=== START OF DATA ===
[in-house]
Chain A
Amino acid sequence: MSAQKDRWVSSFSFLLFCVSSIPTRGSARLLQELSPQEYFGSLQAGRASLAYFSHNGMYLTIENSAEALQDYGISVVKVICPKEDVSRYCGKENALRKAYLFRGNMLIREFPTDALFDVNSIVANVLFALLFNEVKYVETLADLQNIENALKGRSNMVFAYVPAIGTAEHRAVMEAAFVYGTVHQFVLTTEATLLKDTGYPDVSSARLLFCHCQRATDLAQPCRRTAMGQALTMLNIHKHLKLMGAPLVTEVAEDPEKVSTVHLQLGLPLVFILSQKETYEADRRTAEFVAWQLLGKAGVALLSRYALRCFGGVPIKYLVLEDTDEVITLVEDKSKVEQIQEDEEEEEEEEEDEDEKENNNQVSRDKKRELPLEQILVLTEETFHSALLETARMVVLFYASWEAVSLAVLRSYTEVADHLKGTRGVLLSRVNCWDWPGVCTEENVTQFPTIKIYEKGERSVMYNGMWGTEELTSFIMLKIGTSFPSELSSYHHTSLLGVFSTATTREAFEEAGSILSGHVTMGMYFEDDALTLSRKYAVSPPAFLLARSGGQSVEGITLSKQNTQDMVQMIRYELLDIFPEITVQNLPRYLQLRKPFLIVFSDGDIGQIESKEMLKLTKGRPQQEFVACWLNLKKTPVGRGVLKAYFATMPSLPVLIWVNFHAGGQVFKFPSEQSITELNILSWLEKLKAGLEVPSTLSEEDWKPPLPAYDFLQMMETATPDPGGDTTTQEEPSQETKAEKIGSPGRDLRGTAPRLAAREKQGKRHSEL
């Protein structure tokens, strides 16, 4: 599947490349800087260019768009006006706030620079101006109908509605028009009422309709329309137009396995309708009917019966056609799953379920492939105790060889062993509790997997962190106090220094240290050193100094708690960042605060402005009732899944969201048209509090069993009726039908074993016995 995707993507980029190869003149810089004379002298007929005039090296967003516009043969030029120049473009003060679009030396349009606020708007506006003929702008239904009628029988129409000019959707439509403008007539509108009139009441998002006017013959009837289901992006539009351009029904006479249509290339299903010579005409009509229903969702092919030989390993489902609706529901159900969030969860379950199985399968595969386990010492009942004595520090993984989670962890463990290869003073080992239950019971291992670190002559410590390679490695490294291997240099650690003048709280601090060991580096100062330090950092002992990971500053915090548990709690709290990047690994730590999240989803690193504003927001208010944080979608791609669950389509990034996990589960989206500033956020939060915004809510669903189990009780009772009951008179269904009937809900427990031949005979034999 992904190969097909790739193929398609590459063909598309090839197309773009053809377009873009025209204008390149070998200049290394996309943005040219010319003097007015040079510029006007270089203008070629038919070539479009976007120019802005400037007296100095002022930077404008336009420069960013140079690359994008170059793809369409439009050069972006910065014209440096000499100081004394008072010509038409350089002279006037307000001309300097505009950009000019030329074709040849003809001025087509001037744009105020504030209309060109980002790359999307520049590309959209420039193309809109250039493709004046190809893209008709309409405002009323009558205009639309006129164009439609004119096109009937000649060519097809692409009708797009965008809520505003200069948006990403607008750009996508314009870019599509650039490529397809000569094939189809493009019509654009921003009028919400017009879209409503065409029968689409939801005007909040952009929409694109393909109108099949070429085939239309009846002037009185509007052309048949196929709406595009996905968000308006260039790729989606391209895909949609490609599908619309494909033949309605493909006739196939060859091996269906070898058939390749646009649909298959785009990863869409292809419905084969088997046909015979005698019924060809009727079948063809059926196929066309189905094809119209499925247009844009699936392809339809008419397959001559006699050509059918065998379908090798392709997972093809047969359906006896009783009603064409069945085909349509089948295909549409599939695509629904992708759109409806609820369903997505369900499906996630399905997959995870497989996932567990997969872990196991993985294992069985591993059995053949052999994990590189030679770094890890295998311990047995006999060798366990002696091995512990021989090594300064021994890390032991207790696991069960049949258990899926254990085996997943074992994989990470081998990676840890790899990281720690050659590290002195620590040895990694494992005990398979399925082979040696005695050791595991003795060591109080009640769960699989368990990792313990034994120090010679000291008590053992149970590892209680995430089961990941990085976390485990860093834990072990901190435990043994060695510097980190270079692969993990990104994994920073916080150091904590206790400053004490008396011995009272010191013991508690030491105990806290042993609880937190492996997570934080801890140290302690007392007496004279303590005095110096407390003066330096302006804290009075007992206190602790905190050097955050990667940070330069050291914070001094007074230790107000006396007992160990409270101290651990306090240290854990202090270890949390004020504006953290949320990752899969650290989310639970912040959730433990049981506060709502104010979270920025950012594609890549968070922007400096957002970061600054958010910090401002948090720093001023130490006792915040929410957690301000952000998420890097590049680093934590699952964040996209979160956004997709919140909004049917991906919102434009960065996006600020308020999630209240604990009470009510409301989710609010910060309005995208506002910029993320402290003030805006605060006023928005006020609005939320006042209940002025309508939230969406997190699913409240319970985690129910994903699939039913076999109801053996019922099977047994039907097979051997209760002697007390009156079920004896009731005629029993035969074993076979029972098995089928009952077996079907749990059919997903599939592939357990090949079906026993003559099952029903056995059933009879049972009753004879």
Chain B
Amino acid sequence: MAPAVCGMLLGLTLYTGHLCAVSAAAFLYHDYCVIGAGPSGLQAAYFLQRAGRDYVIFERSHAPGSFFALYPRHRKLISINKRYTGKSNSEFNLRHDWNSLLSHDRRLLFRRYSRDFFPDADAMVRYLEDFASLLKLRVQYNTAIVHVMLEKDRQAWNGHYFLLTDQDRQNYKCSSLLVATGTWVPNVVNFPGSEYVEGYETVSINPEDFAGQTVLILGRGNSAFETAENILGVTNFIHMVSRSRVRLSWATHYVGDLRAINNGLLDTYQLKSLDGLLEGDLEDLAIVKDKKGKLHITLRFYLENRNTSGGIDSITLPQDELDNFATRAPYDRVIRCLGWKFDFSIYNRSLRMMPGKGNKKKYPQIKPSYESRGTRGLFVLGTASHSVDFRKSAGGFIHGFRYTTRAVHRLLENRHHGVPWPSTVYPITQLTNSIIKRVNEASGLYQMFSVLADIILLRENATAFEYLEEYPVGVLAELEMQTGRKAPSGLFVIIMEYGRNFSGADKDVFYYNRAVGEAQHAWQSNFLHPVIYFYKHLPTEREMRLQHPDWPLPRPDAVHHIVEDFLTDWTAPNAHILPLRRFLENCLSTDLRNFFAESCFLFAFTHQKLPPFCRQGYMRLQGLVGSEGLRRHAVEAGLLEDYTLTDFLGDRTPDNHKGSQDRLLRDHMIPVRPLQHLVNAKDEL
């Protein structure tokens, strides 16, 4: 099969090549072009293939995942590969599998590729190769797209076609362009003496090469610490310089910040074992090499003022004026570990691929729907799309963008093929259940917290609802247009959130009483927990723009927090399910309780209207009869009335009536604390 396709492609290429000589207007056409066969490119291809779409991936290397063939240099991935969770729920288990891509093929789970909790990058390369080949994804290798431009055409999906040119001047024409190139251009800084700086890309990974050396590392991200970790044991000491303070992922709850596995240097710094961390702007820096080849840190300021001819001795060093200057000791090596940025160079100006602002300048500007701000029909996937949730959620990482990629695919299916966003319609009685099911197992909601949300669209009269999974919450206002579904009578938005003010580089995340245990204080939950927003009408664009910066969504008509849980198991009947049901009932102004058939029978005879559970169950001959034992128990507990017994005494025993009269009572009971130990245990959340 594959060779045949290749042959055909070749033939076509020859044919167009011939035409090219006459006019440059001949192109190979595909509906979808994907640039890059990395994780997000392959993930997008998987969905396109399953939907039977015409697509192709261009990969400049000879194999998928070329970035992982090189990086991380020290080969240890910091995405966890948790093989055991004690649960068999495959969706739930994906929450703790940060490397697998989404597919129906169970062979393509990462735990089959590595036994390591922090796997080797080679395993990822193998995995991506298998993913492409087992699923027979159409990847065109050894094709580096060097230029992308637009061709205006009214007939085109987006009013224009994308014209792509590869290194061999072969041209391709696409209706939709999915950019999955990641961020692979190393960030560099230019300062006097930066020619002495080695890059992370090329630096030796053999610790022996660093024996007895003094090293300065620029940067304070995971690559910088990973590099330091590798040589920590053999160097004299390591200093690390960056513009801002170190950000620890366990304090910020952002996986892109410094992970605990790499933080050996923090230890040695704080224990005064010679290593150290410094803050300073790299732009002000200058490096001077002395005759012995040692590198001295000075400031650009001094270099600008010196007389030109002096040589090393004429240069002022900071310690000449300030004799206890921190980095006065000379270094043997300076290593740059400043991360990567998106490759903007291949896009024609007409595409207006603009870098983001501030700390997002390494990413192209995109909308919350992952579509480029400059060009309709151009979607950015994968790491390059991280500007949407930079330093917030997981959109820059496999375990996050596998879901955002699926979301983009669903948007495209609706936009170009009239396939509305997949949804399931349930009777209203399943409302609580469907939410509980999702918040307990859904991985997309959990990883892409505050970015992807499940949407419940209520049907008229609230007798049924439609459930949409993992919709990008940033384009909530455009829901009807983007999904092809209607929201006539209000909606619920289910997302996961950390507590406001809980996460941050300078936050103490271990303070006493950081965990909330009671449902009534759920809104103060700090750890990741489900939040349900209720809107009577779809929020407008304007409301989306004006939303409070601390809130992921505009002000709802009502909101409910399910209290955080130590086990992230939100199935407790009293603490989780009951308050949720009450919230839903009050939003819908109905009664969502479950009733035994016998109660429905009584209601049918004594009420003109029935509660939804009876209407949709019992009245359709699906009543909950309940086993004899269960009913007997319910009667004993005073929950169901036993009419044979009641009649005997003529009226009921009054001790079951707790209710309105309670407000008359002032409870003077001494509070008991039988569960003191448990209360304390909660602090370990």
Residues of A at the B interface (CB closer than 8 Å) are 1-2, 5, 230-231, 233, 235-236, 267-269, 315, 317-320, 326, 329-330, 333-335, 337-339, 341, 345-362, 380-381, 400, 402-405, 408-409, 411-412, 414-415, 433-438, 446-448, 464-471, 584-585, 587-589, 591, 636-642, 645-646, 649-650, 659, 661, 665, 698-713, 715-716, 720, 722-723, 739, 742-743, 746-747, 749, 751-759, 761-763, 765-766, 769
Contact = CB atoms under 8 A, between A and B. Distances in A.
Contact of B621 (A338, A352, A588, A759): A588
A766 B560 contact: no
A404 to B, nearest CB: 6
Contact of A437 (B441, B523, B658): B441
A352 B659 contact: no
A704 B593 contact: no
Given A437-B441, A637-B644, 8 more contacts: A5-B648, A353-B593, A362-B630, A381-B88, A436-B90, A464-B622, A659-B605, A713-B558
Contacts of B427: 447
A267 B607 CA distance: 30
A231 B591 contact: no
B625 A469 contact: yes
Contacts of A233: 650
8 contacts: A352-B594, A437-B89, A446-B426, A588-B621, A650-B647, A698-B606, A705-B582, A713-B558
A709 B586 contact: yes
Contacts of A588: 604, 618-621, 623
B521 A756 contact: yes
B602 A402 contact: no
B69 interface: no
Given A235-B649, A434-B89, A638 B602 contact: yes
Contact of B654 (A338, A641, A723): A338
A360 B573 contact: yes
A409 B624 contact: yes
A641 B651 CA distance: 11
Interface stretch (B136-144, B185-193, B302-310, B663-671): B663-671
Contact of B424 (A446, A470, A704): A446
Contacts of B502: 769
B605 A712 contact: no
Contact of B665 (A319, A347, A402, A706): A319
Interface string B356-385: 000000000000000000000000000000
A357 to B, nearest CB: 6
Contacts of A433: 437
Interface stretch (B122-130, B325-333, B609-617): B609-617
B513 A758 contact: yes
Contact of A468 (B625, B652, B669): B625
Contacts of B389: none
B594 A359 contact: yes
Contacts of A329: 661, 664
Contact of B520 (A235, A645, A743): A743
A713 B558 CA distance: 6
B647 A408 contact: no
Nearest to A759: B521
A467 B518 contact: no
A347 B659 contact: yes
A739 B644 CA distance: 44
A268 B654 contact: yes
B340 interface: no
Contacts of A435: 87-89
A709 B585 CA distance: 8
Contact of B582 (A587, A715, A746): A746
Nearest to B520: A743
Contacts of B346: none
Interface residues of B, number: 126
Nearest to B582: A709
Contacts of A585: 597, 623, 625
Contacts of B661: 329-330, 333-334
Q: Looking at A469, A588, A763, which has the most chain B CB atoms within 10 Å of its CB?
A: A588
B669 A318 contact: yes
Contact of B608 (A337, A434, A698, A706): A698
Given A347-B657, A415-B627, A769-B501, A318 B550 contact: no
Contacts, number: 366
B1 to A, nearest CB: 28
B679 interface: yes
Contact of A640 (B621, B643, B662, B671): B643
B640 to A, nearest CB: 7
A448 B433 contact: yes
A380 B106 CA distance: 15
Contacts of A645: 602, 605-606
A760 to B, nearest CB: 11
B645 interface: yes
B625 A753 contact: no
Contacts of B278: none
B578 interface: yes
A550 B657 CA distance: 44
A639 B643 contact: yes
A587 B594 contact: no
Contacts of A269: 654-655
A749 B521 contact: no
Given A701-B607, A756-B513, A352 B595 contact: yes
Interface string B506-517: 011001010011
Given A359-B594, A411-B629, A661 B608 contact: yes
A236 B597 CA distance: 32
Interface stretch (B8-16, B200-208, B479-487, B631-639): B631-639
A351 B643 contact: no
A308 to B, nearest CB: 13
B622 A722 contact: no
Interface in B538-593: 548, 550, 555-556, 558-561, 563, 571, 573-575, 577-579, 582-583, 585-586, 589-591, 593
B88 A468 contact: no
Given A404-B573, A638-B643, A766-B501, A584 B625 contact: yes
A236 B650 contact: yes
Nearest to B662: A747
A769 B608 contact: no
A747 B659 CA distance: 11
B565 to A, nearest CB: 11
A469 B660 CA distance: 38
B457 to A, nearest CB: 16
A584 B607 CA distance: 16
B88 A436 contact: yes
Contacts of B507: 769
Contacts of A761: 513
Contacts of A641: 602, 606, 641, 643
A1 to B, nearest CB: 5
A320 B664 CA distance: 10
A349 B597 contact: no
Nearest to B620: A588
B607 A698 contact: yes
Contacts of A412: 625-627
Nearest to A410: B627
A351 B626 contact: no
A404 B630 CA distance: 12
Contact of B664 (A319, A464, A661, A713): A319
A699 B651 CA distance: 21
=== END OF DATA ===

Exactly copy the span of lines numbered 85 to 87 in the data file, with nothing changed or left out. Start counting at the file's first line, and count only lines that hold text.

A587 B594 contact: no
Contacts of A269: 654-655
A749 B521 contact: no